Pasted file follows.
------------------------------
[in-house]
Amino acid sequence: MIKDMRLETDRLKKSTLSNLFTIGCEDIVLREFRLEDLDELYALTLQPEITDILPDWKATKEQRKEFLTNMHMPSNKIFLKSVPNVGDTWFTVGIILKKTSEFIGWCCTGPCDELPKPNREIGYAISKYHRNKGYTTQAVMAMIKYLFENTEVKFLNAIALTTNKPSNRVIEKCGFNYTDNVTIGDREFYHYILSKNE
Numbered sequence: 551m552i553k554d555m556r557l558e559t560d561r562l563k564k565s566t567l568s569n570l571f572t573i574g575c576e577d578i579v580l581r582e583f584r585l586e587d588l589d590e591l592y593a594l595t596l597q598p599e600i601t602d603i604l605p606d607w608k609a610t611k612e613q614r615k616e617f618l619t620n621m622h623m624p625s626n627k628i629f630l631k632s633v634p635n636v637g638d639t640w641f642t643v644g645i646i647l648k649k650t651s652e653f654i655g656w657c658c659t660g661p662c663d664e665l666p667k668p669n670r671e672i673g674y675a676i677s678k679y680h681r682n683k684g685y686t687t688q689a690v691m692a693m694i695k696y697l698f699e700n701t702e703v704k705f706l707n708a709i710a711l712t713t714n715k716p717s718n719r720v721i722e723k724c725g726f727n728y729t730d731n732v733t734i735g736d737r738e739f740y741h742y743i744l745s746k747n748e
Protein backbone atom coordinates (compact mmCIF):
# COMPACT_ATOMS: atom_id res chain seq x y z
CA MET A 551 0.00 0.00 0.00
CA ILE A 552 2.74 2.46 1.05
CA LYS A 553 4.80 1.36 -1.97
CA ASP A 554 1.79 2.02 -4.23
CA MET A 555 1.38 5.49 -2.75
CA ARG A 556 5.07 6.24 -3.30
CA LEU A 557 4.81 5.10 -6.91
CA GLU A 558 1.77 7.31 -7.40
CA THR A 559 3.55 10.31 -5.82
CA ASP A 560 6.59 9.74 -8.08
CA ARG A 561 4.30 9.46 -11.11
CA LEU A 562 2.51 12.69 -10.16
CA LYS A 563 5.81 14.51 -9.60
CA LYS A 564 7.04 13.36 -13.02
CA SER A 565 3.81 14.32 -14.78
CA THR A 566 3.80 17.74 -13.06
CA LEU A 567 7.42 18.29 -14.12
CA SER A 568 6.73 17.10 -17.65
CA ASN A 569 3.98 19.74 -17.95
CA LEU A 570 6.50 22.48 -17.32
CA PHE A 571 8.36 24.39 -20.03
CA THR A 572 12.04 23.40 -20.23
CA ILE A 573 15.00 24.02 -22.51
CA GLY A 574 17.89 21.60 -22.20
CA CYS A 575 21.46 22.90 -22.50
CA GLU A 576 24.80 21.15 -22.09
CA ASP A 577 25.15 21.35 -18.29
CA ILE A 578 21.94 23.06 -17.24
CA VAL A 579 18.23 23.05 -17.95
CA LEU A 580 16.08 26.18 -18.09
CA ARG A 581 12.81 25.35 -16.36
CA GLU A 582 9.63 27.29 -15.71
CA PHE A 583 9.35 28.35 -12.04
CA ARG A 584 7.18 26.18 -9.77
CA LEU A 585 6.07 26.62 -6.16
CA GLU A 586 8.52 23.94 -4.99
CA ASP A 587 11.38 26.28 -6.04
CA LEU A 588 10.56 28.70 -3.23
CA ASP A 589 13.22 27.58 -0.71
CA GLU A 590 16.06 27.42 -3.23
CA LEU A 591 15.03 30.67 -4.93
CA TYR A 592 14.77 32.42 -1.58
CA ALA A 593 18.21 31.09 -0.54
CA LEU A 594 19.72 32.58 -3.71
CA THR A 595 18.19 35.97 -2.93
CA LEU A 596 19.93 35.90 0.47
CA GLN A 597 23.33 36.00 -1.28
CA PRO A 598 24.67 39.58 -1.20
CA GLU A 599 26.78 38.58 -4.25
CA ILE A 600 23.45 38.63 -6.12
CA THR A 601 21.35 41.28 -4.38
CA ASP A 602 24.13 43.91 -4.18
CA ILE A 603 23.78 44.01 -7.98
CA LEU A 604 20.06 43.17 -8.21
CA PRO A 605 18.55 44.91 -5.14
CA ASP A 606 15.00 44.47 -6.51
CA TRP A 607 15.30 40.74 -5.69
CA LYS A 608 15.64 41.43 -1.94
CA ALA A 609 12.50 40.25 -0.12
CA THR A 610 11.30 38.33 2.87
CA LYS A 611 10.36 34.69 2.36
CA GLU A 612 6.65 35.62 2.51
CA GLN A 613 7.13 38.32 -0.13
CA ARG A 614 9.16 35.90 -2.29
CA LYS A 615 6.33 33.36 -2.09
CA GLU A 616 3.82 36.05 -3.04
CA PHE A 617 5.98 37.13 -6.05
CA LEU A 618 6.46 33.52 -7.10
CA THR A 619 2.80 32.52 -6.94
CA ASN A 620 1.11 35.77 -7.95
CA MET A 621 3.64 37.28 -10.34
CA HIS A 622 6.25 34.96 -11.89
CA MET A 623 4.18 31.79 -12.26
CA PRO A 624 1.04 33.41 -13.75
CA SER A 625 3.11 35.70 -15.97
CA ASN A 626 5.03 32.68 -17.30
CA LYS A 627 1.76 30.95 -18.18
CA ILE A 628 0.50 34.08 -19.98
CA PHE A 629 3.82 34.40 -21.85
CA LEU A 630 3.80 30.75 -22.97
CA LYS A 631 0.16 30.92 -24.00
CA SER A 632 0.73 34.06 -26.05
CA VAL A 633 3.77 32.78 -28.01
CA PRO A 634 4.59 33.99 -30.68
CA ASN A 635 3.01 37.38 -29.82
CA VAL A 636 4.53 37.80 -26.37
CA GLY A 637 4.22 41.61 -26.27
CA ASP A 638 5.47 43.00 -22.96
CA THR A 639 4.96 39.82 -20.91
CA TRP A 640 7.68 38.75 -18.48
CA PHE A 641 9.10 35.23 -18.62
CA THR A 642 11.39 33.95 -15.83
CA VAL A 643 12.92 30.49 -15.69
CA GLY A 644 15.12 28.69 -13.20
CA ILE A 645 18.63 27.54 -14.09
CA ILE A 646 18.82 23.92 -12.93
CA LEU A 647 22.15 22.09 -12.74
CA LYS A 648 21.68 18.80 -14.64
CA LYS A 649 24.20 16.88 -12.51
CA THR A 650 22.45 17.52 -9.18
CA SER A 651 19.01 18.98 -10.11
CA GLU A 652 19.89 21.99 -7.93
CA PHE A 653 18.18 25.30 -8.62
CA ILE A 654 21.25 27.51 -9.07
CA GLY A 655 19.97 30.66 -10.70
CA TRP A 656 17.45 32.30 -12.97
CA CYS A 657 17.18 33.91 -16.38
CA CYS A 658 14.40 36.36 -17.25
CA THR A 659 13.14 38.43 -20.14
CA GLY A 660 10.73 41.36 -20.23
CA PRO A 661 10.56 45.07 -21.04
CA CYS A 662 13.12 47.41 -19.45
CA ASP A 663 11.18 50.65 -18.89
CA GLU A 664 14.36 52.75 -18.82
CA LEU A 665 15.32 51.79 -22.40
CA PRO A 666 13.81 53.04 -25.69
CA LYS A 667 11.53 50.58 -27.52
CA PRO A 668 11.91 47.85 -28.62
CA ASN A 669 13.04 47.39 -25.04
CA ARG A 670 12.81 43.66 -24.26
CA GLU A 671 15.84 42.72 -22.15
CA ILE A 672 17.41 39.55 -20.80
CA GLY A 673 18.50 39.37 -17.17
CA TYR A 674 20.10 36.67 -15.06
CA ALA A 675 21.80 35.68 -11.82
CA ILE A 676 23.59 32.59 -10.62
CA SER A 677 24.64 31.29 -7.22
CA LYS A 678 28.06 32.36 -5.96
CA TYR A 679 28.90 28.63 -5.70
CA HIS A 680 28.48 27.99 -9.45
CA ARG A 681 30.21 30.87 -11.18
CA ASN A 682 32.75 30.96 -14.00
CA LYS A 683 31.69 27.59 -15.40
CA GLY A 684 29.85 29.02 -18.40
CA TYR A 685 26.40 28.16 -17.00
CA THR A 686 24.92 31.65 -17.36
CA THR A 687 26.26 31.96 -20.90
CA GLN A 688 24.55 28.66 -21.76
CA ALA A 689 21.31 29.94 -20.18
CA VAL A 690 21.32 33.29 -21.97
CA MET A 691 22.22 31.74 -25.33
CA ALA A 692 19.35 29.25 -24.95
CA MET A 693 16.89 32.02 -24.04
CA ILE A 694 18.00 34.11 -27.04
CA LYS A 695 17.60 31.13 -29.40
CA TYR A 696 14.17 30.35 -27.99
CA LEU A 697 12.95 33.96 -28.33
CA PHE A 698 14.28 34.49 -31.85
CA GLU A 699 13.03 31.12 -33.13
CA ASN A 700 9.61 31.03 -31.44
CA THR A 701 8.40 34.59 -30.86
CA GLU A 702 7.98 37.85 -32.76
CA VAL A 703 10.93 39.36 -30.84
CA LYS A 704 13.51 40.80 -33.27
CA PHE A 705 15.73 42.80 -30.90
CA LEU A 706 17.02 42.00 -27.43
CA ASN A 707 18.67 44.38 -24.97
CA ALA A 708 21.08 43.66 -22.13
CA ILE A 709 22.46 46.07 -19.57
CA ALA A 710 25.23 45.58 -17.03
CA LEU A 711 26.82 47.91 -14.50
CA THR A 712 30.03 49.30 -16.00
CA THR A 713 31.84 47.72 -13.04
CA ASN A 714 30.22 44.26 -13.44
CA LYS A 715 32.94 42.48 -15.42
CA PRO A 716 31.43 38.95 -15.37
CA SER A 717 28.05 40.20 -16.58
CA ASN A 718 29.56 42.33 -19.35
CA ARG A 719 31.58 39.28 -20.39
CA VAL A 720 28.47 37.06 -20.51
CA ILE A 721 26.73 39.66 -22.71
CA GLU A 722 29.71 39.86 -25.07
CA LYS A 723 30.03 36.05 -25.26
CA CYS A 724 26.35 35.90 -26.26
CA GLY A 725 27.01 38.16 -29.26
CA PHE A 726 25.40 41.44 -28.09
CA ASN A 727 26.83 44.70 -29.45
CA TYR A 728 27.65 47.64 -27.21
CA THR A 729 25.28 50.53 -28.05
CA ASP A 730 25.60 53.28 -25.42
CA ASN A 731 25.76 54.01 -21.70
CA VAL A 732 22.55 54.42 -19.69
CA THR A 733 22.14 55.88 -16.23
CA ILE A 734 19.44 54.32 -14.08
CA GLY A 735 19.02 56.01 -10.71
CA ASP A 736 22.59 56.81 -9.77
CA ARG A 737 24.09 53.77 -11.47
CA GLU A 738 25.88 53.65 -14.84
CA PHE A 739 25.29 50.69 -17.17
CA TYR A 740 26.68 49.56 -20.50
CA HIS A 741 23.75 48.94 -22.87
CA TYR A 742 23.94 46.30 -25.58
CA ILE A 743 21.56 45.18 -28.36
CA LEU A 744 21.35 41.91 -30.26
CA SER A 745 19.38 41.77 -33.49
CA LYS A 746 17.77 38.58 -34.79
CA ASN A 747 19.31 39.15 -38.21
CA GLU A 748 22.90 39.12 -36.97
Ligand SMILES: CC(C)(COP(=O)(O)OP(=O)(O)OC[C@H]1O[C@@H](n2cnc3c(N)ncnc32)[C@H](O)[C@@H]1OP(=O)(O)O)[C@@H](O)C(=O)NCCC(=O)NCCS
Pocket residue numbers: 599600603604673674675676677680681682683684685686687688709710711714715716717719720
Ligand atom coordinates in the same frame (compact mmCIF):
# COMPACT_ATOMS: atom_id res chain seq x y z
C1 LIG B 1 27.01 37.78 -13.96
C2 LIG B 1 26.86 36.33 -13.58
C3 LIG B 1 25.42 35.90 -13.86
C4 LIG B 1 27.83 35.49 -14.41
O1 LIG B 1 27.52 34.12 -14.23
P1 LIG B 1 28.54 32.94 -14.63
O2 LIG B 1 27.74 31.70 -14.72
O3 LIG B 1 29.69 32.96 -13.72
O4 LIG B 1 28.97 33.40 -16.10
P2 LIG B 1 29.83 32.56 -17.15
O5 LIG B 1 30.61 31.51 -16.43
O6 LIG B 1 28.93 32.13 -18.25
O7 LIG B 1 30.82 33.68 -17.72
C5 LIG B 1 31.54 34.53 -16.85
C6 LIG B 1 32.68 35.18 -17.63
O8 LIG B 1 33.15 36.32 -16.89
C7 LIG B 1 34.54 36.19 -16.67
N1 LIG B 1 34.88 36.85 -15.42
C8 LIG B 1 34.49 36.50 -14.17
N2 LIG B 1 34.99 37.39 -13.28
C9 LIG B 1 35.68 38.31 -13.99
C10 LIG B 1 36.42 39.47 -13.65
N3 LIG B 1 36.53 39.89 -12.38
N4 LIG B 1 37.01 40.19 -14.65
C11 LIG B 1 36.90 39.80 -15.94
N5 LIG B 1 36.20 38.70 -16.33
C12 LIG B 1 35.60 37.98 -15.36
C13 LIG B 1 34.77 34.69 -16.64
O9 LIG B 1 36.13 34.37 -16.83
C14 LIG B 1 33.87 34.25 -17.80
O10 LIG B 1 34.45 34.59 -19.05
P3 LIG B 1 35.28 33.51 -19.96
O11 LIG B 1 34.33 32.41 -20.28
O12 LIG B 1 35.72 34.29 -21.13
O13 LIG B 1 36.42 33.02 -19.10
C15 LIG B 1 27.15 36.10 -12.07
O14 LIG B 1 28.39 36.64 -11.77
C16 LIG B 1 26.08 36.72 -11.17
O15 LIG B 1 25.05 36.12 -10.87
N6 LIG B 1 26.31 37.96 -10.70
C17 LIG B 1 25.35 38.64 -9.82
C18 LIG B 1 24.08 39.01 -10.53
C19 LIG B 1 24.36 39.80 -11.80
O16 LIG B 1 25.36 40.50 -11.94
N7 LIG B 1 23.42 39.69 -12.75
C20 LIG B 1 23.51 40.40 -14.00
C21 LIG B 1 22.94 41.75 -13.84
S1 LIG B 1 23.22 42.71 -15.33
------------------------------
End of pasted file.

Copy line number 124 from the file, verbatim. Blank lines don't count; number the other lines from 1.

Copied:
CA ASN A 669 13.04 47.39 -25.04